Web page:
HEADLINES Published June23, 2015 By Bernadette Strong

What Is a Clinical Trial and Why Would Anyone Take Part in One?

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Dr. Jonas Salk, the pioneer of polio vaccines, conducted clinical trials that helped almost completely wipe out a deadly disease.
(Photo : Hulton Archive, Getty Images)

Medical research is how we learn whether new treatments, medications, devices, or surgical procedures work and which work best. Clinical trials are studies in which people volunteer to participate in controlled tests; they are at the heart of medical research. Without clinical trials, there would be no children cured of leukemia or people with organ transplants.

Many people worry about taking part in a clinical trial. They may be afraid that they will be experimented on against their will or that they will not receive any treatment. This is not so. All people taking part in a clinical trial are protected by ethical guidelines and are fully informed about the purpose of the trial, how it will be conducted, how long it will last, and what risks involved. At medical centers and universities that run clinical trials, the studies are approved and monitored by an Institutional Review Board to ensure that risks are minimal and that they are worth the potential benefit.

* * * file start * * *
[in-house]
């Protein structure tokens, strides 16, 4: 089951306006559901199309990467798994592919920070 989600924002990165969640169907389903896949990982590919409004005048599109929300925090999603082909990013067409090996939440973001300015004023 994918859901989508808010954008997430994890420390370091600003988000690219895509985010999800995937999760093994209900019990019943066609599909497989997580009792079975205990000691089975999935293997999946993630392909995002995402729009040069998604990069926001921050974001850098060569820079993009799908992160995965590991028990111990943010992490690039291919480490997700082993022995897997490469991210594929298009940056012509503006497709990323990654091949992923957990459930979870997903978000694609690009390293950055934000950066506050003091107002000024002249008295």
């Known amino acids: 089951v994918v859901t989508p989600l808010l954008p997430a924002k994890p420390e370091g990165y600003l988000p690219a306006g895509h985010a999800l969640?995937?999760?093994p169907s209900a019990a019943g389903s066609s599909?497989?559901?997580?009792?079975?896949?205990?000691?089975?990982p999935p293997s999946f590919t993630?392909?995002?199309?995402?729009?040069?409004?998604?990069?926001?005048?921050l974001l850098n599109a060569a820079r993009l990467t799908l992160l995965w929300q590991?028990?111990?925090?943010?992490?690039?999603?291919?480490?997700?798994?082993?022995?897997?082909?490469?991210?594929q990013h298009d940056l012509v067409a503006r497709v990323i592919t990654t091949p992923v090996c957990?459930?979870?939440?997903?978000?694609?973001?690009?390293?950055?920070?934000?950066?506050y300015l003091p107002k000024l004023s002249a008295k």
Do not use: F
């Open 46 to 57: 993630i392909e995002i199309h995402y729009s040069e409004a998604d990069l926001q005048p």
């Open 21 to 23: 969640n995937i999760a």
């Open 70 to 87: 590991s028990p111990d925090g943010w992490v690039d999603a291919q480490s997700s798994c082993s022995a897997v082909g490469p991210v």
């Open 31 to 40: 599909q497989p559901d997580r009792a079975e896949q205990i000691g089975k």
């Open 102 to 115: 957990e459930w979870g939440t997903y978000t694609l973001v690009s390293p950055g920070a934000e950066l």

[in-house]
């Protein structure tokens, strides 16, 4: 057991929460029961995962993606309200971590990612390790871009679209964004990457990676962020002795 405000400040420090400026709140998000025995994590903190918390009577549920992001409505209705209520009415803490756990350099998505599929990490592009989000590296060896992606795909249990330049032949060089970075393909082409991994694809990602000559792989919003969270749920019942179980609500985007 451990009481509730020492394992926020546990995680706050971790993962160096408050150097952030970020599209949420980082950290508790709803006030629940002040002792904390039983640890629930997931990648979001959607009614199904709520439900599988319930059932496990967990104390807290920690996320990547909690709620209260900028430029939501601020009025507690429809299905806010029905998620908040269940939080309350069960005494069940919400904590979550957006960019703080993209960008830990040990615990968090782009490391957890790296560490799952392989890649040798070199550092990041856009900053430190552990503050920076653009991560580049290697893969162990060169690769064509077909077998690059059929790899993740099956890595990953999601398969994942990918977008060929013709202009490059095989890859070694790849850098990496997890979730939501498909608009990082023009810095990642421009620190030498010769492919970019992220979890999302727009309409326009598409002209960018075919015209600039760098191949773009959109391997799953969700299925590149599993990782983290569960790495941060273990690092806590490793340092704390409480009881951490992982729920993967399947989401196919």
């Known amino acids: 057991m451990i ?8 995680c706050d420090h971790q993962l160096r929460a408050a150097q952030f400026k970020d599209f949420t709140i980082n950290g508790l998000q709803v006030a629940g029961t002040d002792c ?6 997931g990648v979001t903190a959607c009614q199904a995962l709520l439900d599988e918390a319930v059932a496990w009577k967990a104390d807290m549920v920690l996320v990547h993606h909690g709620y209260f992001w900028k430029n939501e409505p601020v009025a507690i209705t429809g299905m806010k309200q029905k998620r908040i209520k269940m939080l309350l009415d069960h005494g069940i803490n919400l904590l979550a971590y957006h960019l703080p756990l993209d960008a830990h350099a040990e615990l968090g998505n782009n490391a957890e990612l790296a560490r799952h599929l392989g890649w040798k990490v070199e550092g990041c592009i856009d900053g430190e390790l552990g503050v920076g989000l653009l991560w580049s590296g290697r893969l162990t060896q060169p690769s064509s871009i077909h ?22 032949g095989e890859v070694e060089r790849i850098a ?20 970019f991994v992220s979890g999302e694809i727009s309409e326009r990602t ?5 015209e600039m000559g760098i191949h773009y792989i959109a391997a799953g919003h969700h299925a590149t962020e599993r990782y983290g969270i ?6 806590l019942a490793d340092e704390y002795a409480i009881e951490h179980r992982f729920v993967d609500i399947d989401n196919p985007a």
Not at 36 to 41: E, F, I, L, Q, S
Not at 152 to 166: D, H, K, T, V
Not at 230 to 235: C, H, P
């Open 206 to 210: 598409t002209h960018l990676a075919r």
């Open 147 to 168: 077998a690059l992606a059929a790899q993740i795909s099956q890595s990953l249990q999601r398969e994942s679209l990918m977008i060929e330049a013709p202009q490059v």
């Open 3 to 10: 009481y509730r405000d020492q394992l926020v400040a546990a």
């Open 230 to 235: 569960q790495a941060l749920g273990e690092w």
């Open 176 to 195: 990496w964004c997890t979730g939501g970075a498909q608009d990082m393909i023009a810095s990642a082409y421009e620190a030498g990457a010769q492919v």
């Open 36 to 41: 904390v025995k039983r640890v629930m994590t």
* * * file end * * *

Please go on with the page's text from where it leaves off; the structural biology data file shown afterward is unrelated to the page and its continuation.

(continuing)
In most cases, participants in a clinical trial will be randomly assigned to two or more groups (sometimes called the arms of the study). One group will receive the medication or treatment being studied, while the other group or groups receive different treatments.

In the majority of clinical trials, the new treatment or medication is being studied against the current standard care, which means that everyone receives some type of treatment. In some studies one group will receive no treatment or a placebo, which is a pill or treatment that does not do anything, but this only happens if there is no known treatment for the condition being treated. You will be told if you might receive a placebo if this is the case.

So what is in it for you? Being in a clinical trials can give you access to new treatments before they are widely available. Even if you don't get the treatment being tested, you often are being given the highest current standard of care at a top level medical center and will be working with a team of healthcare providers who will monitor you carefully.

There is also the knowledge that you will be helping medicine push forward.

For more information about clinical trials, check out these sites:

http://www.nhlbi.nih.gov/studies/clinicaltrials

http://www.cancer.org/treatment/treatmentsandsideeffects/clinicaltrials/whatyouneedtoknowaboutclinicaltrials/clinical-trials-what-you-need-to-know-toc

 

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